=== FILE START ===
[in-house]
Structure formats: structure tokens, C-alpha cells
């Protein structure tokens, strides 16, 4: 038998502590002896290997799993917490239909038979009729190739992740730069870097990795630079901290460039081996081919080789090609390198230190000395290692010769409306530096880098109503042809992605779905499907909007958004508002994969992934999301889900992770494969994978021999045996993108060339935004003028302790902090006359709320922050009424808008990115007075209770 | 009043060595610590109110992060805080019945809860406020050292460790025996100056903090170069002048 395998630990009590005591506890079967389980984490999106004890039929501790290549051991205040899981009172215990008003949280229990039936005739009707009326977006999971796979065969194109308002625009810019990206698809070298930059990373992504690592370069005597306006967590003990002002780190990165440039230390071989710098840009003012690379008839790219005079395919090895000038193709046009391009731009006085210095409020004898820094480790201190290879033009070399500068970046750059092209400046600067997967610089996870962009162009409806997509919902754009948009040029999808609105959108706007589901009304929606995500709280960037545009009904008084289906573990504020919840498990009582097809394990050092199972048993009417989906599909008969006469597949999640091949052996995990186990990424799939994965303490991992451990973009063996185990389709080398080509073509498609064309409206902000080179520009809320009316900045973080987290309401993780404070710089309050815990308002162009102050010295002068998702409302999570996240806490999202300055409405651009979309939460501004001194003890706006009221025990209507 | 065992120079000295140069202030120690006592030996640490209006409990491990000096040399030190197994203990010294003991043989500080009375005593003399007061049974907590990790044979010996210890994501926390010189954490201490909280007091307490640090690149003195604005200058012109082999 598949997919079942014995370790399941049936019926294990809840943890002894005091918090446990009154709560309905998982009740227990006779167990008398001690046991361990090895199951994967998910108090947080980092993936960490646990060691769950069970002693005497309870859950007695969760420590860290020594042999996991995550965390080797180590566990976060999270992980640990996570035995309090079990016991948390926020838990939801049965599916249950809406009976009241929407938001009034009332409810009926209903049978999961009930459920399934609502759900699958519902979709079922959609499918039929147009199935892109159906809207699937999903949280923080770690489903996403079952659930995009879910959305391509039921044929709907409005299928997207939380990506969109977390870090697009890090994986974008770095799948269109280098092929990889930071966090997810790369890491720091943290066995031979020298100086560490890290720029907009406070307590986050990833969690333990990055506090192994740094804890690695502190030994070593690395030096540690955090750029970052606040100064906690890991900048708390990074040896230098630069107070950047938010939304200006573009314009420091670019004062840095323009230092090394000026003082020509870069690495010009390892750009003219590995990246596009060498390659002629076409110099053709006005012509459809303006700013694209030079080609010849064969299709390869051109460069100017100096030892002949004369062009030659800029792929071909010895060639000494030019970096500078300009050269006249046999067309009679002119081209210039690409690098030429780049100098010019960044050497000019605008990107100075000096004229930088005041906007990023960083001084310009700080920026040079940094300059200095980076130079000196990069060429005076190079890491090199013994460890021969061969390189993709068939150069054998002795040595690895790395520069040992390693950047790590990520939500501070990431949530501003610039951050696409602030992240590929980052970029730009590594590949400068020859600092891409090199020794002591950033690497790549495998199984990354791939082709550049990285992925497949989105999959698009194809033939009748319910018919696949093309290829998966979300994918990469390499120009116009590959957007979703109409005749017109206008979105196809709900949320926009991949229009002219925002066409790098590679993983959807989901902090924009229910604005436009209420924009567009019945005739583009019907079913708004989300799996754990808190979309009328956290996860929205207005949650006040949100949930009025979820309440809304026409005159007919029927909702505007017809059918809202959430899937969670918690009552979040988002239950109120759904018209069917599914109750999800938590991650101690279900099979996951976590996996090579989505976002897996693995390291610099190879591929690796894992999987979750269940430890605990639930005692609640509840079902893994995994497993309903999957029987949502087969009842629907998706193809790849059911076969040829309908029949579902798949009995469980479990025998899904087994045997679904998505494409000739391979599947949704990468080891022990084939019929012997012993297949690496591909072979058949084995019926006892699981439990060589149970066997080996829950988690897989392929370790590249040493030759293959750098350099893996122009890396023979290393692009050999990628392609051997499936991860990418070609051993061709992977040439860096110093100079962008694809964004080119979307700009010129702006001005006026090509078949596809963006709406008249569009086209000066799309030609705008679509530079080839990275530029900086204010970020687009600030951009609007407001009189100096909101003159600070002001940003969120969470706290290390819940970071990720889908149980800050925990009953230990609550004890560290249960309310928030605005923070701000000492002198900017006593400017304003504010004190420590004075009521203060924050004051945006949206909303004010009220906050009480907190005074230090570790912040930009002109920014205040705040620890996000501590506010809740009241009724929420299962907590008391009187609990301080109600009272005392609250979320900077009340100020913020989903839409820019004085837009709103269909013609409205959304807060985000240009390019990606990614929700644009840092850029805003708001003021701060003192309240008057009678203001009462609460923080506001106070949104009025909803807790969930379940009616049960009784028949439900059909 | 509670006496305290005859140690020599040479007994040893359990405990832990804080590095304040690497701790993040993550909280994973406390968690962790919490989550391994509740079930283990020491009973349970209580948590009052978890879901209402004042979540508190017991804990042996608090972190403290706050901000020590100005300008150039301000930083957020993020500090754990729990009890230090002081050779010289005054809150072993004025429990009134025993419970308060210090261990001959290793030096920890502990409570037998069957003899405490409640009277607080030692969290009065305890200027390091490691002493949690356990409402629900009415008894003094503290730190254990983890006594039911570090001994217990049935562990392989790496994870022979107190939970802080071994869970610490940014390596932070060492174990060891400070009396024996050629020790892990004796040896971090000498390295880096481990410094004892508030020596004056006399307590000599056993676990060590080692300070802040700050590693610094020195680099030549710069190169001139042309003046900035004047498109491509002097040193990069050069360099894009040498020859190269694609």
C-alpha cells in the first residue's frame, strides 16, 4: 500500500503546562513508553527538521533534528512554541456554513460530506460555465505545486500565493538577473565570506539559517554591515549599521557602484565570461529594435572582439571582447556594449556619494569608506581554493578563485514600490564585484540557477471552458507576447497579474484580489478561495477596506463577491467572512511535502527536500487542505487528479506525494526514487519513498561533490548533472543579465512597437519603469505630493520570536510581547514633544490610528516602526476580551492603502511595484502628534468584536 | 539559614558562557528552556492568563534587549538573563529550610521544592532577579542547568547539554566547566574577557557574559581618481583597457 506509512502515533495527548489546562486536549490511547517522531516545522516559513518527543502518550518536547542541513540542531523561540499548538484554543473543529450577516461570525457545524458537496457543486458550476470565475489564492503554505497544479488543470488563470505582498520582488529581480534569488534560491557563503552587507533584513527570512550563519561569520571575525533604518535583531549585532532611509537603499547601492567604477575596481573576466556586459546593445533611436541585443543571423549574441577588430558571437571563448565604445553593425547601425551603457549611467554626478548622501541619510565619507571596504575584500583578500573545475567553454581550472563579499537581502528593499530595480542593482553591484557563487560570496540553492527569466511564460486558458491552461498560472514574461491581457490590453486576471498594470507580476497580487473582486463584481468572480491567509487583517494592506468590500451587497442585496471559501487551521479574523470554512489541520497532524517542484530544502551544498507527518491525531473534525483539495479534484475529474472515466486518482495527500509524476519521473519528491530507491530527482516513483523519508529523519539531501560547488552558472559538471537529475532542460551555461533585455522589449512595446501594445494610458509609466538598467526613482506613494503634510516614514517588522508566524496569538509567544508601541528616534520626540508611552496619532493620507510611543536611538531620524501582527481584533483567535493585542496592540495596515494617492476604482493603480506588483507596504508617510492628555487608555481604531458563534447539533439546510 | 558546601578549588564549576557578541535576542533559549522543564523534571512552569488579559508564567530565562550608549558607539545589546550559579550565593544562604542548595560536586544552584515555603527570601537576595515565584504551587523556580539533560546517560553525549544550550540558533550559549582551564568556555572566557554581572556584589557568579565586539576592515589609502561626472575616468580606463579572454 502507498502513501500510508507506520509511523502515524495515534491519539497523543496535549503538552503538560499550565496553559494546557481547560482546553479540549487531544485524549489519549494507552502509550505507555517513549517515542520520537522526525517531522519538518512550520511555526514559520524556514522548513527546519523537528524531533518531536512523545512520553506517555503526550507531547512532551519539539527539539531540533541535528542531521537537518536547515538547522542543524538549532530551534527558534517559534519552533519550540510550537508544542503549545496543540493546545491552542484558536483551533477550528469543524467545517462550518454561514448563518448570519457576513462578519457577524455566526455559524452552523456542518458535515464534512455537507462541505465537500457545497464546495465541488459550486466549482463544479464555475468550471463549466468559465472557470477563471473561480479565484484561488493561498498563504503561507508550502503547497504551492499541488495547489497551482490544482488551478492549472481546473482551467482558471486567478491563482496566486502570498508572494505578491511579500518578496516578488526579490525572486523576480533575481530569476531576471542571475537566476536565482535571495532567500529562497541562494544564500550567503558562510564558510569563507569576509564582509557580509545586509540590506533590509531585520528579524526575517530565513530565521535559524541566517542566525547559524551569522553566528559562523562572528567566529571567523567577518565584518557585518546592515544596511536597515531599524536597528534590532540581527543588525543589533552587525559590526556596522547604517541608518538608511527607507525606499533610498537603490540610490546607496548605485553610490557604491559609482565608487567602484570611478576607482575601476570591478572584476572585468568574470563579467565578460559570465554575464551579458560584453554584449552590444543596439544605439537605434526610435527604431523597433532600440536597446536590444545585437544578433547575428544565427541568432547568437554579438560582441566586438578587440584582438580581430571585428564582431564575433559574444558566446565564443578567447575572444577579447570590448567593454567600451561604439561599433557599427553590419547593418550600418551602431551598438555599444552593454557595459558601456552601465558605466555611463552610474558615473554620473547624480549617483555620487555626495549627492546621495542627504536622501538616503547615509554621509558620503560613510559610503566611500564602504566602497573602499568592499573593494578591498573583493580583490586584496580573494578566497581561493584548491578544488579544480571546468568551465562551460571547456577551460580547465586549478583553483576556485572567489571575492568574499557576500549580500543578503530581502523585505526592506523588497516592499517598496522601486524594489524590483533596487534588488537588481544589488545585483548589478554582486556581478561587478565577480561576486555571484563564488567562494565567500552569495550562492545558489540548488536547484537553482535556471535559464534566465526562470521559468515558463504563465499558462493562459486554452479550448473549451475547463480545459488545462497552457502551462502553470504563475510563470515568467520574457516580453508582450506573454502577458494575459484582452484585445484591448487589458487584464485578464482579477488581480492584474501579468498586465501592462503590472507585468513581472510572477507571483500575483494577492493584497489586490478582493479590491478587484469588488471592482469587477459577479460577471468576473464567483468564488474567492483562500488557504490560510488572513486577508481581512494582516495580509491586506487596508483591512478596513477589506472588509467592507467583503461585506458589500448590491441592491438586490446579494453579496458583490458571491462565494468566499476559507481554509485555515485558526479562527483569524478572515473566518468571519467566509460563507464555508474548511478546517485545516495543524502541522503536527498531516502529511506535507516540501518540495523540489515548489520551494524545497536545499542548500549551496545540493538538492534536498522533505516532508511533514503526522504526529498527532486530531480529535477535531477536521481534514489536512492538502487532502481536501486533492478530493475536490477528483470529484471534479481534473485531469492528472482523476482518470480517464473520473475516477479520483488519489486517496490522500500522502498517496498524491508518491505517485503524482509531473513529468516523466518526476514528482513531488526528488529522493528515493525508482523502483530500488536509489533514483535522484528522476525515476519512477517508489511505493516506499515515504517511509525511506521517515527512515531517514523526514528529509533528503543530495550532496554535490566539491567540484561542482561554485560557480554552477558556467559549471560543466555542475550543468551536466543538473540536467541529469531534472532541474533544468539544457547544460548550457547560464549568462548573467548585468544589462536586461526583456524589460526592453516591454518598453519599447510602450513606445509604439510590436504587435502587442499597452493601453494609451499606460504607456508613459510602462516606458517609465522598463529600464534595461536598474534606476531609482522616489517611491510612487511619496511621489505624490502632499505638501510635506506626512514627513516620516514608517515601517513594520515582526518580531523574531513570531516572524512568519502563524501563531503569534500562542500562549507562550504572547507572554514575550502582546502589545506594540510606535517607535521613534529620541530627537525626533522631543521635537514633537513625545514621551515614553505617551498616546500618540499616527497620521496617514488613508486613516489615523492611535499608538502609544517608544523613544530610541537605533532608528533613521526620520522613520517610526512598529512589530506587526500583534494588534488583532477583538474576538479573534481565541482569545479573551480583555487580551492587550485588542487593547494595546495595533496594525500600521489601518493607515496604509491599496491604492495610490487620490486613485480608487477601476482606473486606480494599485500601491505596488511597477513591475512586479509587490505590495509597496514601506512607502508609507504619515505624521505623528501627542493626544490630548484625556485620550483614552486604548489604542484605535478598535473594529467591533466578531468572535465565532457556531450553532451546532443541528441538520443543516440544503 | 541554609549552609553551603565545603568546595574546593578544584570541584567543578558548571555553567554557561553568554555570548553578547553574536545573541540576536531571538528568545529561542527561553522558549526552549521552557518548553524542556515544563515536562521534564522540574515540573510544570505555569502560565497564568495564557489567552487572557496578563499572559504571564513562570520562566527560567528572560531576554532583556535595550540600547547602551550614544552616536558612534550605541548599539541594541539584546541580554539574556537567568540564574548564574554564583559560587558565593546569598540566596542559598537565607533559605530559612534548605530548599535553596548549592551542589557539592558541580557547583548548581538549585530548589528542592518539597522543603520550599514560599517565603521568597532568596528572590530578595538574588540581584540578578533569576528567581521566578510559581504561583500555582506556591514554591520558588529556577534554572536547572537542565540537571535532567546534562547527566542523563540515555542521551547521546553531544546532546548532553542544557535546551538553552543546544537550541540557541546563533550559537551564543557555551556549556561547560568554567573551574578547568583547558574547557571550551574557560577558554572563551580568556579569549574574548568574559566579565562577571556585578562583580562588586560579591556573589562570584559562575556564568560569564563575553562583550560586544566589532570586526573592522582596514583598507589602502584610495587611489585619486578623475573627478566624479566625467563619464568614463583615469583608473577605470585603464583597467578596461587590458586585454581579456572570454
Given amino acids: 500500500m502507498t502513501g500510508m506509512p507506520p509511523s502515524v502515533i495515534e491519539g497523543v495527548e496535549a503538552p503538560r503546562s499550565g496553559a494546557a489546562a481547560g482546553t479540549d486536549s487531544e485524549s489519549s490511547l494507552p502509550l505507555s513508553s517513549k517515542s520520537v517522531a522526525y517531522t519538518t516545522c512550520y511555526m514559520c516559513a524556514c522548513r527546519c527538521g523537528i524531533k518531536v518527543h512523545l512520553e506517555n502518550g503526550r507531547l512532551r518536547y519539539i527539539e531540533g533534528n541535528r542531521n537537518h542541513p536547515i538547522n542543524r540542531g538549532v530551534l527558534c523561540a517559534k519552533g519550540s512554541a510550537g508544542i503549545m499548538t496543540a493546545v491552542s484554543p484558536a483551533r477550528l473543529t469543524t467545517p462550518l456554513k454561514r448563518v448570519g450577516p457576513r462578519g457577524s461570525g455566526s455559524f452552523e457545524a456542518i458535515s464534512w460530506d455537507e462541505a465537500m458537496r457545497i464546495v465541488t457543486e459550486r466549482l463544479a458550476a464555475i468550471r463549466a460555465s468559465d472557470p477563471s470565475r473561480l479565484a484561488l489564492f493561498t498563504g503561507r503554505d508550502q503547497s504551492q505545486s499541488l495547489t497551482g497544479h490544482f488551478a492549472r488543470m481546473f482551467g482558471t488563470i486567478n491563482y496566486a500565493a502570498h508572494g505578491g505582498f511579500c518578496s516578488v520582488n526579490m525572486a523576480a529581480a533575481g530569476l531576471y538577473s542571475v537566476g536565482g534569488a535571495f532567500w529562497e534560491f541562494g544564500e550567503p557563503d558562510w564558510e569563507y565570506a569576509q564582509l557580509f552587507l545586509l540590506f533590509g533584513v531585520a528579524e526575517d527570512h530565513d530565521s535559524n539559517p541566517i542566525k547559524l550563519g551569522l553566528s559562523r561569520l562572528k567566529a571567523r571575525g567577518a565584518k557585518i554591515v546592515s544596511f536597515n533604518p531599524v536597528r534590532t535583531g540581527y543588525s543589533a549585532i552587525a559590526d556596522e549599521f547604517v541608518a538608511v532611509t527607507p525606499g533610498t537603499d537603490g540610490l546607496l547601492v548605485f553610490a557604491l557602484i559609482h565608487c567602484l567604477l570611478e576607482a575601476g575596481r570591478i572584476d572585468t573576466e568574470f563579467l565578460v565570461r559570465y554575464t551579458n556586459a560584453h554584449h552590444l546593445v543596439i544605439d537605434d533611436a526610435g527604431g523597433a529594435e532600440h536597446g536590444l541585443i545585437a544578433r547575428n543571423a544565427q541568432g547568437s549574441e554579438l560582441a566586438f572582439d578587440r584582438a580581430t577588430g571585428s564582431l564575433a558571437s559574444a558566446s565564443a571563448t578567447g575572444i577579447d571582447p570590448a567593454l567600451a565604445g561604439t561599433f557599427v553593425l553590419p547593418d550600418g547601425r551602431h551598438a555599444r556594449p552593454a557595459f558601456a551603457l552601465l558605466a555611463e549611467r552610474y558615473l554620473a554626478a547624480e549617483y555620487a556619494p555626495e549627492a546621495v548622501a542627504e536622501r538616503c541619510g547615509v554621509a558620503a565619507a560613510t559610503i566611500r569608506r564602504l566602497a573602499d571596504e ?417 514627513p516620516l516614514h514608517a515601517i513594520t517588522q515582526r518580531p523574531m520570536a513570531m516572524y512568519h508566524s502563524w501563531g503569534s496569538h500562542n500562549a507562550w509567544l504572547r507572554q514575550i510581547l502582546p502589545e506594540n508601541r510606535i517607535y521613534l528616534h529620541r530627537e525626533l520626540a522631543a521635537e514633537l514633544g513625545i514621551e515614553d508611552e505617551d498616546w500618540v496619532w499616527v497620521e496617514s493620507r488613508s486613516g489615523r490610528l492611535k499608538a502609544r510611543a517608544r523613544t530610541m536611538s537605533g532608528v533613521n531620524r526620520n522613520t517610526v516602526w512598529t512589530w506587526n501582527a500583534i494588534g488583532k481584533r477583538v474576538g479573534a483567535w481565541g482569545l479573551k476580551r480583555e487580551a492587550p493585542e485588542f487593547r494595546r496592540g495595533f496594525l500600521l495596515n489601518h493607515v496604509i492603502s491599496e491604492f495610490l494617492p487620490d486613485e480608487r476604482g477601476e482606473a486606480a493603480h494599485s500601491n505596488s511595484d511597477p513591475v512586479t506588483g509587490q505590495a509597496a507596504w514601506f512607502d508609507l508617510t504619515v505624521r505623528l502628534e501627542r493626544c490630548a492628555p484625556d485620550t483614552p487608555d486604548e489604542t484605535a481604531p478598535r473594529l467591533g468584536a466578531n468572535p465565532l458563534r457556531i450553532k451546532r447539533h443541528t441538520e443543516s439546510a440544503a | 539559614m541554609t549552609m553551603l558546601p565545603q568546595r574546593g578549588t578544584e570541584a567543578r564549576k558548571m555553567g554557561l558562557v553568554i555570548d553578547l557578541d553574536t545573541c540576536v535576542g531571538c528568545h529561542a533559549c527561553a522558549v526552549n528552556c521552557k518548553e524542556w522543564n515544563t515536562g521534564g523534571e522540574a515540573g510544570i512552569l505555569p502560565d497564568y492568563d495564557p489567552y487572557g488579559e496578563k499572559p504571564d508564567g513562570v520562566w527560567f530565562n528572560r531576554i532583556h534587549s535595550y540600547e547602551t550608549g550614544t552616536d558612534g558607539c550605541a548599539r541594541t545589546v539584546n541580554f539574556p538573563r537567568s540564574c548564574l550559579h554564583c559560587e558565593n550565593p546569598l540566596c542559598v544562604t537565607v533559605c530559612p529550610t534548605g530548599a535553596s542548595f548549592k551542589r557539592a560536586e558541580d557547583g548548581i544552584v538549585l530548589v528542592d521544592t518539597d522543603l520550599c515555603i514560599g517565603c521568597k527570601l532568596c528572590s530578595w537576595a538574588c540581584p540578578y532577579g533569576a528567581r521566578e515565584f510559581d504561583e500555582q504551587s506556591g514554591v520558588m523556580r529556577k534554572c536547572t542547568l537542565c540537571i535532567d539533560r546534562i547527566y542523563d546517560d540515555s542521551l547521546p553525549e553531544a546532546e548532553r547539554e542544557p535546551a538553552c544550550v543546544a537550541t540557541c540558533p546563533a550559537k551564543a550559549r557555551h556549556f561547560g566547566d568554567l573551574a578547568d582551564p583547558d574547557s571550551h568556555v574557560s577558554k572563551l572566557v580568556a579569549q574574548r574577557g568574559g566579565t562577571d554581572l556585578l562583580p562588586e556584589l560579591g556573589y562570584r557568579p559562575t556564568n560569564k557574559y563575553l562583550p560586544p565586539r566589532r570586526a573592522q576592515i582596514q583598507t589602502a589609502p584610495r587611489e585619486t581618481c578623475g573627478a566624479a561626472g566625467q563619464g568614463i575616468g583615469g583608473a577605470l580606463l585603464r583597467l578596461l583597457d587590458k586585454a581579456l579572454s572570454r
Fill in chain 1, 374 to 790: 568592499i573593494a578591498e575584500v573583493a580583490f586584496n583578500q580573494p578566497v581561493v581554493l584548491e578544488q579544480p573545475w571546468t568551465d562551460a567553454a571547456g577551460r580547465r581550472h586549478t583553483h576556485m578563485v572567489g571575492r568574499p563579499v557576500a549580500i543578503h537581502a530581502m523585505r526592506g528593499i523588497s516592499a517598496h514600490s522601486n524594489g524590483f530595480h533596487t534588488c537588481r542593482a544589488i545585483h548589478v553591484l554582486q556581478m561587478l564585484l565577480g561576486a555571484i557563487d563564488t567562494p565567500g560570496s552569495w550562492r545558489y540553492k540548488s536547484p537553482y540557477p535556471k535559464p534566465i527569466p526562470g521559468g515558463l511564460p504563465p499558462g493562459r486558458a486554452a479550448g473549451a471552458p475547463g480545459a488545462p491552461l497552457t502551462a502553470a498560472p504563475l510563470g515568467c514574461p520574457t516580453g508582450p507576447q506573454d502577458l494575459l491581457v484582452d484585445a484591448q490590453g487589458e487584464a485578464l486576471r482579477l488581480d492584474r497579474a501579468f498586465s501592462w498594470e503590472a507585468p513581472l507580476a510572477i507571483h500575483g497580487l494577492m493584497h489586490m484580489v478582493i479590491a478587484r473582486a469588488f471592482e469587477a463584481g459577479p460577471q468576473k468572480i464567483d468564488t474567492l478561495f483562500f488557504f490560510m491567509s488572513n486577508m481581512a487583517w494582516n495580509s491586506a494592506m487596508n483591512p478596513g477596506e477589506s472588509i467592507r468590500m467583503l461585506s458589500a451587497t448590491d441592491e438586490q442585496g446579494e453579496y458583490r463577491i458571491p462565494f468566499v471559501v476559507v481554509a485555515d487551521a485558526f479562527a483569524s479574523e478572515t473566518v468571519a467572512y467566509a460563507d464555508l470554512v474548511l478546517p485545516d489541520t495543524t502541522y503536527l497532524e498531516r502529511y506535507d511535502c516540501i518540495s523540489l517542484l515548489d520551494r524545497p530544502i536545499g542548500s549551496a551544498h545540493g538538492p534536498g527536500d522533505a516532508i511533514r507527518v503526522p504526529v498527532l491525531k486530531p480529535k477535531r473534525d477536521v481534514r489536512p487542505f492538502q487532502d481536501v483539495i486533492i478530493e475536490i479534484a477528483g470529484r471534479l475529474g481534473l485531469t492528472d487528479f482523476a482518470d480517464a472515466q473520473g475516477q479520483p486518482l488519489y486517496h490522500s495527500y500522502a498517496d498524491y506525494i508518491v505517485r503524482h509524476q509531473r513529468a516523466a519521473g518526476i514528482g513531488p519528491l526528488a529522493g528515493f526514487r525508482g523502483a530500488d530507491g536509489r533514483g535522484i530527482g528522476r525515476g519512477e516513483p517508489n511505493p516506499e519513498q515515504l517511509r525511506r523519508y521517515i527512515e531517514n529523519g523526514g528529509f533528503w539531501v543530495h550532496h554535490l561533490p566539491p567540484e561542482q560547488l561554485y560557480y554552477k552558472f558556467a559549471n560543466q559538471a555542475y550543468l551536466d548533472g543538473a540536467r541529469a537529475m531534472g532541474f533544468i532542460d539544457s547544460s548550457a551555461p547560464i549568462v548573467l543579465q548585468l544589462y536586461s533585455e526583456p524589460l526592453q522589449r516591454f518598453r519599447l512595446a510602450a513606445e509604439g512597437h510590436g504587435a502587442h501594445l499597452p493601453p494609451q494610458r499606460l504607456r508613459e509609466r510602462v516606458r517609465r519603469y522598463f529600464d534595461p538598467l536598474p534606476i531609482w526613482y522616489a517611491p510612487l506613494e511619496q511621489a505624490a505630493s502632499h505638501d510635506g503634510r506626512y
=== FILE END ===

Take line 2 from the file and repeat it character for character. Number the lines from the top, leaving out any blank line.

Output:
Structure formats: structure tokens, C-alpha cells